Cool story on the preferred computer of any good sailor – A Dell Latitude XT2 XFR..
Datamation listed Dell in its Top 10 Cloud Computing Vendors to watch
10) Dell: Since Dell is a computer maker that has never focused on software or networking, you might think it’s a stretch to call it a cloud vendor. But Dell very much disagrees. First, it (unsuccessfully) attempted to patent the term cloud computing (which is kind of funny, almost like trying to patent the term datacenter). More successfully, the company launched DCS – Data Center Solutions – to target an audience of businesses that need help configuring a cloud-based datacenter. DCS handles everything from optimization to project management to global consulting. Who says Dell is just a hardware firm? Referring to DCS, Dell CEO Michael Dell toldBusinessweek in 2008 that, “We created a whole new business just to build custom products for those customers. Now it’s a several-hundred-million-dollar business, and it will be a billion-dollar business in a couple of years—it’s on a tear.”
Notable Dell has made a number of acquisitions to build out the software side of its cloud offering, including Everdream (desktop management software), Silverback Technologies (remote monitoring) and Message One (email management). The goal, it appears: provide one-stop shopping for businesses that want to build an automated datacenter running commodity boxes, all optimized for the cloud. That is likely a lucrative strategy.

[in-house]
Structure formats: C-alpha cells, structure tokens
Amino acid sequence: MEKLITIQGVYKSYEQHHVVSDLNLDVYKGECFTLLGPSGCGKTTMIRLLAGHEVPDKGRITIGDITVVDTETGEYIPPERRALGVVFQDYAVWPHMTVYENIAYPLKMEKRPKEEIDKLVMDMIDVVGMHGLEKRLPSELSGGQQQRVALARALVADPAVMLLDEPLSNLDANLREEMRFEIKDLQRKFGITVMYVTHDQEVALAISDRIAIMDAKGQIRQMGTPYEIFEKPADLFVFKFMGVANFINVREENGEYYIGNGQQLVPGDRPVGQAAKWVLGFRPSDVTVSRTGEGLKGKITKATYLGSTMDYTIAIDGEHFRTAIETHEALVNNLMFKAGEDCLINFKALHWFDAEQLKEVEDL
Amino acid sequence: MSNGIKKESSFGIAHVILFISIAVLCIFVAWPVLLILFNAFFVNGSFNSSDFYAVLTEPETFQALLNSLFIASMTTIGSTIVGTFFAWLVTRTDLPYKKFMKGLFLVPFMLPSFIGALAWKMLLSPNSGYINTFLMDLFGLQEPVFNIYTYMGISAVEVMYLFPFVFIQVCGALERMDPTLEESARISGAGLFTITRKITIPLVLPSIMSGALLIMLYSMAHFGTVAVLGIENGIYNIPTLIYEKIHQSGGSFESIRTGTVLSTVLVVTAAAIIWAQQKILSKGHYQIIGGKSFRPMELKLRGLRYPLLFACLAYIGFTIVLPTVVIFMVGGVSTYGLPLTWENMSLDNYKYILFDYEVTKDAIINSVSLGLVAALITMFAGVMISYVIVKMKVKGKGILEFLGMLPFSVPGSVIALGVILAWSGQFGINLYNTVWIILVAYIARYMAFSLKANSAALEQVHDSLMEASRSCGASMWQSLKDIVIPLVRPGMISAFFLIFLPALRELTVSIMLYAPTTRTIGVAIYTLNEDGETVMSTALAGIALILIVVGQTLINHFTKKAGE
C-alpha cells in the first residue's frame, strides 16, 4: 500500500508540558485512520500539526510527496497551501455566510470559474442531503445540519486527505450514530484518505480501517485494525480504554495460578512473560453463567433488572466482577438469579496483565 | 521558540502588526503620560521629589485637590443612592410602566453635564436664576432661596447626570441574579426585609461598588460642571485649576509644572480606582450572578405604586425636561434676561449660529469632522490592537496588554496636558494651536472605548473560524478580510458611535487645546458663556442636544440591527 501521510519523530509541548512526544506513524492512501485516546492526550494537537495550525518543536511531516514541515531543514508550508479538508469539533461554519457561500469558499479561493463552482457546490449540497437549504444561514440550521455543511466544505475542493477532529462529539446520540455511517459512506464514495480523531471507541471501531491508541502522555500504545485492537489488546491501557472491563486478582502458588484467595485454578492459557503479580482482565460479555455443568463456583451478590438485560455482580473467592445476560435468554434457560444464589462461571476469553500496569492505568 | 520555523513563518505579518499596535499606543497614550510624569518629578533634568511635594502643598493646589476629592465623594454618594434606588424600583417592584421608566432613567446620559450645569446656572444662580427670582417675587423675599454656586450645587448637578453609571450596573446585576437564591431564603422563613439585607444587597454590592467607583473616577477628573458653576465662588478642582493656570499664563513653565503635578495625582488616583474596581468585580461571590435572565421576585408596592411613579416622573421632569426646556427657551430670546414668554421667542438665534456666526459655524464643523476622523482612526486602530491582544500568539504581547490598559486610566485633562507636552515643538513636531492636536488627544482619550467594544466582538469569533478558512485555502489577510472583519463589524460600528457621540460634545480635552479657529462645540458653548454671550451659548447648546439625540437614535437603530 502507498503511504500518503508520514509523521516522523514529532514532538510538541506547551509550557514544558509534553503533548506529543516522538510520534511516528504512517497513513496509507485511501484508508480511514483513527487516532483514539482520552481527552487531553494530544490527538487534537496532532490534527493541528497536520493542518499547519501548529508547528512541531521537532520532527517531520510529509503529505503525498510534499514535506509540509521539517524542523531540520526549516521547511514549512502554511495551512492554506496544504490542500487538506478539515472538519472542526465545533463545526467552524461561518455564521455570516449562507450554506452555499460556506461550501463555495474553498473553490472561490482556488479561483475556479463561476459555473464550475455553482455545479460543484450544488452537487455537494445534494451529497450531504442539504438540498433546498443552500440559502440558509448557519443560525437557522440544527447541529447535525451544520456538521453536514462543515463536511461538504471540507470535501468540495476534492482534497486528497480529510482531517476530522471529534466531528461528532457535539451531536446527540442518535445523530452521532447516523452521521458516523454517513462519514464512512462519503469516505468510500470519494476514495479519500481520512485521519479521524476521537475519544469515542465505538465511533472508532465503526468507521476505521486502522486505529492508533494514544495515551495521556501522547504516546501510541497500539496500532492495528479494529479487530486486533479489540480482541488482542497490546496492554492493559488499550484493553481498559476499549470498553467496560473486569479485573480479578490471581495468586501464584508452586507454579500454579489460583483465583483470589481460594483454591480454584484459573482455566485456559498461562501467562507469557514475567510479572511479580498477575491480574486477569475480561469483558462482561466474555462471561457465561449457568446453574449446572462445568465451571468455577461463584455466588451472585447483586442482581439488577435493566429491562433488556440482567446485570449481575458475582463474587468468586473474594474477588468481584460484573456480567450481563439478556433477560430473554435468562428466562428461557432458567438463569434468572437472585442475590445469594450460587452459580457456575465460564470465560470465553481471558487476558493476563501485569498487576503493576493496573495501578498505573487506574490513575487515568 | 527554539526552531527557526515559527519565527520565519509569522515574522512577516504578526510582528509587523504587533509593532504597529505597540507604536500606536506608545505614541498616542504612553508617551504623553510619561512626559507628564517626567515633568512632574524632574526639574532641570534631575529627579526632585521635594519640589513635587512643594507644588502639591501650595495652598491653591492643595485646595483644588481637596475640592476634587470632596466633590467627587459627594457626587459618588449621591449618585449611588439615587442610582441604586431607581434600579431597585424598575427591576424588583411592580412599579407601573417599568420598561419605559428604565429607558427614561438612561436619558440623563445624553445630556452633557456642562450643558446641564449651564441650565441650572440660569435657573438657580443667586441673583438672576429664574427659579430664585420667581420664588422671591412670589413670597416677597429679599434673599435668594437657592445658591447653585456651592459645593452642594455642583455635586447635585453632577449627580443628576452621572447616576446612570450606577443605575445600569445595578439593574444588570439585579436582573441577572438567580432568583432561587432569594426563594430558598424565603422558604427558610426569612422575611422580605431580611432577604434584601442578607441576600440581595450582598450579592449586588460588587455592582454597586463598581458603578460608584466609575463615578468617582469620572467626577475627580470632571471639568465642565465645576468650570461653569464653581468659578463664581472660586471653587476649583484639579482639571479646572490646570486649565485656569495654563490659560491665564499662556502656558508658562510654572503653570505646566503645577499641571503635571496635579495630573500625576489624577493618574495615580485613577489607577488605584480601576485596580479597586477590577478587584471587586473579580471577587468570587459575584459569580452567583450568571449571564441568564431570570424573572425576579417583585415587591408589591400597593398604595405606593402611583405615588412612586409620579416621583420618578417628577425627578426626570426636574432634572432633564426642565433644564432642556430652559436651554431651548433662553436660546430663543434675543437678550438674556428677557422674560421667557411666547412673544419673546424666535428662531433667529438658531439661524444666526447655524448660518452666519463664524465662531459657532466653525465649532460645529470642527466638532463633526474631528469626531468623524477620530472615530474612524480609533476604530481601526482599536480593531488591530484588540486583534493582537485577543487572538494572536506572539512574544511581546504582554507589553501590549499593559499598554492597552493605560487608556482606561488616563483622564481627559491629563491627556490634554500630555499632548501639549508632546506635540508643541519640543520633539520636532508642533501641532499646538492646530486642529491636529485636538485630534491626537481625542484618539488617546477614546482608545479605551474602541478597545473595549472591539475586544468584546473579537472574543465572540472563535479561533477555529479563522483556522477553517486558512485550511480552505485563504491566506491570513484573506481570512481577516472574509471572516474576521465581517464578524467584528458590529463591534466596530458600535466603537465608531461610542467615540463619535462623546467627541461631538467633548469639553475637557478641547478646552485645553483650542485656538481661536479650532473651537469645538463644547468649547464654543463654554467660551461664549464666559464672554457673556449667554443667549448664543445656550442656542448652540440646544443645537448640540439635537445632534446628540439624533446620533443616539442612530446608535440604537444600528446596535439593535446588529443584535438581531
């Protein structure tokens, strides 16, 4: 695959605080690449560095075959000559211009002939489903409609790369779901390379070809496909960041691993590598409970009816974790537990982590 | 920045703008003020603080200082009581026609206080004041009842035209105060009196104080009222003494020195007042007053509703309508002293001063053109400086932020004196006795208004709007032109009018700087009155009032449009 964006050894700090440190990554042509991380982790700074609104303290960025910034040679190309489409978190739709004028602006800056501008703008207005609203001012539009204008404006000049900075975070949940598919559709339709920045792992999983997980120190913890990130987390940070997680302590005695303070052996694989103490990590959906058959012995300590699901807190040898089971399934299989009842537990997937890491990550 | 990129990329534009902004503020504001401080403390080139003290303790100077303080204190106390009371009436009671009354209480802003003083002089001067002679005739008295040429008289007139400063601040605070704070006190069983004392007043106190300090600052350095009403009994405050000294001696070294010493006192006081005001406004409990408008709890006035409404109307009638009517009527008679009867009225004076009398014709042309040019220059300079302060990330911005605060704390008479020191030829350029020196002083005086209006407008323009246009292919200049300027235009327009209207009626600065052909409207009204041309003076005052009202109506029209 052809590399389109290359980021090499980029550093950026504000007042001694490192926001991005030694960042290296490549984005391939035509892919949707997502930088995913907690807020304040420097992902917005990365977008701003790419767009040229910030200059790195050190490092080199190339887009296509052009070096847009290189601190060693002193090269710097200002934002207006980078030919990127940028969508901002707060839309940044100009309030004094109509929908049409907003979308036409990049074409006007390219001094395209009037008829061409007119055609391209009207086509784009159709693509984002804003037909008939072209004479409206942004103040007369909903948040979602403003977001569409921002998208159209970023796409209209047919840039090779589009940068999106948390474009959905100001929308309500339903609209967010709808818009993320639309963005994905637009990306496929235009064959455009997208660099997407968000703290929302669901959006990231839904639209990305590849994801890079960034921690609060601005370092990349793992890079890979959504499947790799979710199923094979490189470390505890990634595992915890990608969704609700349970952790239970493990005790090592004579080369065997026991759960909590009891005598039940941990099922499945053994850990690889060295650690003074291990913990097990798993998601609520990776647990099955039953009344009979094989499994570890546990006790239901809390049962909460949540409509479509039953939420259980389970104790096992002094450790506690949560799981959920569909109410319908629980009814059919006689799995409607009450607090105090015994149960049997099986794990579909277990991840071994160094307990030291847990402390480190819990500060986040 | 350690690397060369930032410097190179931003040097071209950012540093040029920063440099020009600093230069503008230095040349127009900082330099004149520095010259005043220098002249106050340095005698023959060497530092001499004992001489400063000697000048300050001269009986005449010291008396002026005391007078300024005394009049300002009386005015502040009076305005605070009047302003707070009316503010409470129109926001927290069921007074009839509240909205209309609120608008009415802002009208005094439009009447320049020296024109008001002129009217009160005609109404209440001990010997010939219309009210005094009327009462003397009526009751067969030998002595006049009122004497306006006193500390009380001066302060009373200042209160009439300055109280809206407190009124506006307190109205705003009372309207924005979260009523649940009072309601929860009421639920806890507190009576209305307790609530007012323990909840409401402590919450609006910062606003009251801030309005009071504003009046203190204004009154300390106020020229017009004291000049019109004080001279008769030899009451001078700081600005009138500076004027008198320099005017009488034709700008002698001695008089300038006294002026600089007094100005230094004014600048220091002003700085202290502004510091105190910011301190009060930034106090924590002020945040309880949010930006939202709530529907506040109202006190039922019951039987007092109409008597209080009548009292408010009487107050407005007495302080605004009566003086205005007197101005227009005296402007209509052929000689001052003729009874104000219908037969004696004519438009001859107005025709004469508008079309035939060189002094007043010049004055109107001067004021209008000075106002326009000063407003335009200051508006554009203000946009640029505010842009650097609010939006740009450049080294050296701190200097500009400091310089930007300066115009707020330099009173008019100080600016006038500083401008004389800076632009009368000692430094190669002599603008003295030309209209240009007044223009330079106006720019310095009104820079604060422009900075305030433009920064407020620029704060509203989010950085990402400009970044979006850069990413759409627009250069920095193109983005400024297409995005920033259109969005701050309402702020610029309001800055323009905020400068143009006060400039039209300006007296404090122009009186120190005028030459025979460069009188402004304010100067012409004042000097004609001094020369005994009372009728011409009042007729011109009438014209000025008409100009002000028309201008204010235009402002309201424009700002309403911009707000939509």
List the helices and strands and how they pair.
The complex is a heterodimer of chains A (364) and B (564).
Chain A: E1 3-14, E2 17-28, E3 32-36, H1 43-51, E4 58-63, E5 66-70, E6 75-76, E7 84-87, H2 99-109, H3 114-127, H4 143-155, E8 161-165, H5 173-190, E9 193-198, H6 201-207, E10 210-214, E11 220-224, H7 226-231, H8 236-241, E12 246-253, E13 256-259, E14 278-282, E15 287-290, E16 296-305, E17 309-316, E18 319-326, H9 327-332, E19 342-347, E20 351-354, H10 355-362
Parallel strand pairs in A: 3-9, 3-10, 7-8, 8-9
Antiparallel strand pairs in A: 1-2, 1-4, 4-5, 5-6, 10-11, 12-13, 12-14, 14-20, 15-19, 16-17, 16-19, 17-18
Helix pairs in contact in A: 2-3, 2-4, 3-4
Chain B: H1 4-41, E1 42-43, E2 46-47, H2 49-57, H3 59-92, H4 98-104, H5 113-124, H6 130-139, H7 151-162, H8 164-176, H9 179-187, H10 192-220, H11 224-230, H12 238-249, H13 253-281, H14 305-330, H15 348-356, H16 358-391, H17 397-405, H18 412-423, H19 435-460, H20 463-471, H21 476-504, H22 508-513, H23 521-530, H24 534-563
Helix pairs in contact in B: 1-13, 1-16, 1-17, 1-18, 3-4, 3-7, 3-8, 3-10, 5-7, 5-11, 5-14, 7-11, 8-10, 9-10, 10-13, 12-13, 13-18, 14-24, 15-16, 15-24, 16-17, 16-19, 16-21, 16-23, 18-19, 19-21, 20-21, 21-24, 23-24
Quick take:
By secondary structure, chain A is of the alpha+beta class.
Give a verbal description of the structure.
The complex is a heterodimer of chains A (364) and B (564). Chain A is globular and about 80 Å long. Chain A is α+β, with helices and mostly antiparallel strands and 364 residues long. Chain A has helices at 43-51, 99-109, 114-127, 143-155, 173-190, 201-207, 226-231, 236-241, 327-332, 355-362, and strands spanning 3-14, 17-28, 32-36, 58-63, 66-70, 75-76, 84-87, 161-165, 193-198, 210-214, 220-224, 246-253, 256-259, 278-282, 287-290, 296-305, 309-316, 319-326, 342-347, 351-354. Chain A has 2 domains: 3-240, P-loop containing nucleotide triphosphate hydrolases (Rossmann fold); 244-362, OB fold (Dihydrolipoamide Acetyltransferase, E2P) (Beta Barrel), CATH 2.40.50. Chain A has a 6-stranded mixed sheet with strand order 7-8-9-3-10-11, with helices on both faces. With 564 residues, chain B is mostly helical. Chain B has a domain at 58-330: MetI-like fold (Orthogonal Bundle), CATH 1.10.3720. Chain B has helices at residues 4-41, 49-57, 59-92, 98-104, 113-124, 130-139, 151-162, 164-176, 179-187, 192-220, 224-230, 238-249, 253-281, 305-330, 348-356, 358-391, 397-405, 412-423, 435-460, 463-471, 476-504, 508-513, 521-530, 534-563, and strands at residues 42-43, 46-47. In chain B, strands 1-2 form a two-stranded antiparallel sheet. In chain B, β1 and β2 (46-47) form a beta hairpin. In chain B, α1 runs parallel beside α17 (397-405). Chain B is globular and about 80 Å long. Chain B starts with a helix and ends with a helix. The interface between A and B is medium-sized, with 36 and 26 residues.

Sometimes the best ideas are retakes on old ones. Like community buying. We’re taking the “swarm” idea we piloted in Singapore and are piloting it in Canada now. In short, customers can buy in a group and save on select Dell systems. 15 committed buyers brings the Swarm to its lowest possible discounted price. Watch how this works. Cool idea and congrats to the Dell team for getting the second pilot launched.
Good read here. Steve Schuckenbrock, Dell, speaking about the need to reconfigure IT in the Enterprise.
What else can CIOs do to drive down their costs?
The economics of replacing old hardware with new hardware are pretty good. But the real gains are in rationalization of your applications. How many thousands of applications do you need to run the company? Are there alternatives to which you can migrate users instead of retaining so much redundancy? At Dell we had the same problem. I used to run IT here. We had 10,000 applications; we’ve brought that number down by about half, and by the time we’re done, we’ll bring it down into the hundreds.
What did that do for your hardware needs?
We’ve turned off 10,000 physical servers during the past 12 to 18 months and we’ve virtualized about 30% of the x86 infrastructure. That’s what many CIOs are doing now–rationalizing applications; consolidating and standardizing their infrastructure, which could include modernization of hardware; and virtualizing everything. Virtualization has been incubating for awhile. It’s moving from the experimental stage to becoming the norm.